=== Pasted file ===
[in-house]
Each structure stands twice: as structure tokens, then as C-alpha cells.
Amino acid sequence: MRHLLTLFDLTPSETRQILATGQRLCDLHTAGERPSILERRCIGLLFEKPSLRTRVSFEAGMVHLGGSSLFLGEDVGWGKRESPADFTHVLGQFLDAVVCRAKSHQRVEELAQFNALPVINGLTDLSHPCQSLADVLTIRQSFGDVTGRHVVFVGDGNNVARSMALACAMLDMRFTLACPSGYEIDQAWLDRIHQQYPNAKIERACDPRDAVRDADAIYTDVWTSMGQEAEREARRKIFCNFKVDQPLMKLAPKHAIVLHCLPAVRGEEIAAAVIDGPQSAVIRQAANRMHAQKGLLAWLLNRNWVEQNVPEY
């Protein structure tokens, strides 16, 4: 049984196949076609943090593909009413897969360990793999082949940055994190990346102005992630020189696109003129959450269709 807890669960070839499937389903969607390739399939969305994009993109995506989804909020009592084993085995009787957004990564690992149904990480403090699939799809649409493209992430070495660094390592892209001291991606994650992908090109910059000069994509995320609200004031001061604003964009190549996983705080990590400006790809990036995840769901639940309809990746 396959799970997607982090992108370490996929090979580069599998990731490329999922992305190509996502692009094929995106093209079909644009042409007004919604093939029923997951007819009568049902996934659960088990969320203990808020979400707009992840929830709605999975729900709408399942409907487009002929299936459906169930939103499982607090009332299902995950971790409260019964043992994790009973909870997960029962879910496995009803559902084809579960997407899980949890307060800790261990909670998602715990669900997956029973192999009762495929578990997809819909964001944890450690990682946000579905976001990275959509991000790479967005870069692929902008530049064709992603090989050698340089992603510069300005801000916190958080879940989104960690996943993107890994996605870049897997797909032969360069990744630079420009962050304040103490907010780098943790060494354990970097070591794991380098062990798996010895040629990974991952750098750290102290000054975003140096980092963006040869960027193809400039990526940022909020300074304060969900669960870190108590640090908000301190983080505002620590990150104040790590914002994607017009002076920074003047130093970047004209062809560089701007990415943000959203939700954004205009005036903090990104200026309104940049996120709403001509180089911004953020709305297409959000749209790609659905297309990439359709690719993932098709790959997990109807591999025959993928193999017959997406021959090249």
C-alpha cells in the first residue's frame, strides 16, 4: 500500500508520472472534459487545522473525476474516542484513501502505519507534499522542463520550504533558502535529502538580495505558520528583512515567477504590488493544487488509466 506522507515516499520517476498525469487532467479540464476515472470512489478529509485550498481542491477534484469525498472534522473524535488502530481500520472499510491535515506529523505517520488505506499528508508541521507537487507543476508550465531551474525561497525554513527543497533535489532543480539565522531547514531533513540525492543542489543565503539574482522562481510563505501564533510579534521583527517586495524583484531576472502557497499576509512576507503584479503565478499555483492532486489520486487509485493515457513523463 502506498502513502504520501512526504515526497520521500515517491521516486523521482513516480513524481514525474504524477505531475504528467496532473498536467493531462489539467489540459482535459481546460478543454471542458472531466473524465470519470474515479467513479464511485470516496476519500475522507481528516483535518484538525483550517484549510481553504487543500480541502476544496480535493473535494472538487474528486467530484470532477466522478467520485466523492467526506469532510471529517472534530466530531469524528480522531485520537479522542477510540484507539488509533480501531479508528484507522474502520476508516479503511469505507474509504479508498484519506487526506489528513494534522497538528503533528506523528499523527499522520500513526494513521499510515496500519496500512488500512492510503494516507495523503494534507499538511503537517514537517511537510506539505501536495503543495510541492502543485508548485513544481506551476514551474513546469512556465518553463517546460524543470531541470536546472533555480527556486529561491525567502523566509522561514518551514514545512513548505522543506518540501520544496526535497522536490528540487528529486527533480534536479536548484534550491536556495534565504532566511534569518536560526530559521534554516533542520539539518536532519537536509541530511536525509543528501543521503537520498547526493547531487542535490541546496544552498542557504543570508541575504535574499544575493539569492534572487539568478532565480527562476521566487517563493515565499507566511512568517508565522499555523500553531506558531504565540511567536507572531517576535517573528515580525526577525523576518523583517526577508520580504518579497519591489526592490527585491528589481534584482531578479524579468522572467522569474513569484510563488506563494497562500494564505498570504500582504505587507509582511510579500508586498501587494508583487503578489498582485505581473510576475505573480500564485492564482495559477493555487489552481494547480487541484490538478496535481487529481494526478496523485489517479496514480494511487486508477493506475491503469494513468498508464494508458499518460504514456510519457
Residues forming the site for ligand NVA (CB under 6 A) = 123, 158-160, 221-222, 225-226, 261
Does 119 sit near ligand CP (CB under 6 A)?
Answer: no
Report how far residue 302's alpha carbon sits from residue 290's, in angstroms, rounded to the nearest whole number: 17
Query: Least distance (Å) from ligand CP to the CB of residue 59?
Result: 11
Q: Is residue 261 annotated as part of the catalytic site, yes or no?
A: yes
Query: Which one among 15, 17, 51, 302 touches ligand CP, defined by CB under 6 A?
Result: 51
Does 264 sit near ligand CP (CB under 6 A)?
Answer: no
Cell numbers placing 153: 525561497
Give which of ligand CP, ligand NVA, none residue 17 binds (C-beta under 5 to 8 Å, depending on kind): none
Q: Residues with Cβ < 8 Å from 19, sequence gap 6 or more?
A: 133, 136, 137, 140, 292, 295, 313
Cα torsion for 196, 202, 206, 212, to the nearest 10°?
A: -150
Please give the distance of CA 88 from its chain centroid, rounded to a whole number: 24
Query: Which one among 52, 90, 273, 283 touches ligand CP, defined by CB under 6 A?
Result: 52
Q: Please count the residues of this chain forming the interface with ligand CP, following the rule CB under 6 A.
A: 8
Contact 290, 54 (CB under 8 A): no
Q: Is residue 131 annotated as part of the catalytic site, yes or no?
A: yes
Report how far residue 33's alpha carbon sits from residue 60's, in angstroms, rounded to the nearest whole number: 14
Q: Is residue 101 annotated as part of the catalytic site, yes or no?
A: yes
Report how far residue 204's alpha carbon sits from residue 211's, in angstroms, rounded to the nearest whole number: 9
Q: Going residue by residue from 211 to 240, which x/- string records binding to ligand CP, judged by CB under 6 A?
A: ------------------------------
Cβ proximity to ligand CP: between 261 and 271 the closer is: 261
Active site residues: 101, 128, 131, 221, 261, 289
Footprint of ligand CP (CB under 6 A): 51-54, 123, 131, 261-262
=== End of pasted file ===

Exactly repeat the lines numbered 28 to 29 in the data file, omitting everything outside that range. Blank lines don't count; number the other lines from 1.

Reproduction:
A: 8
Contact 290, 54 (CB under 8 A): no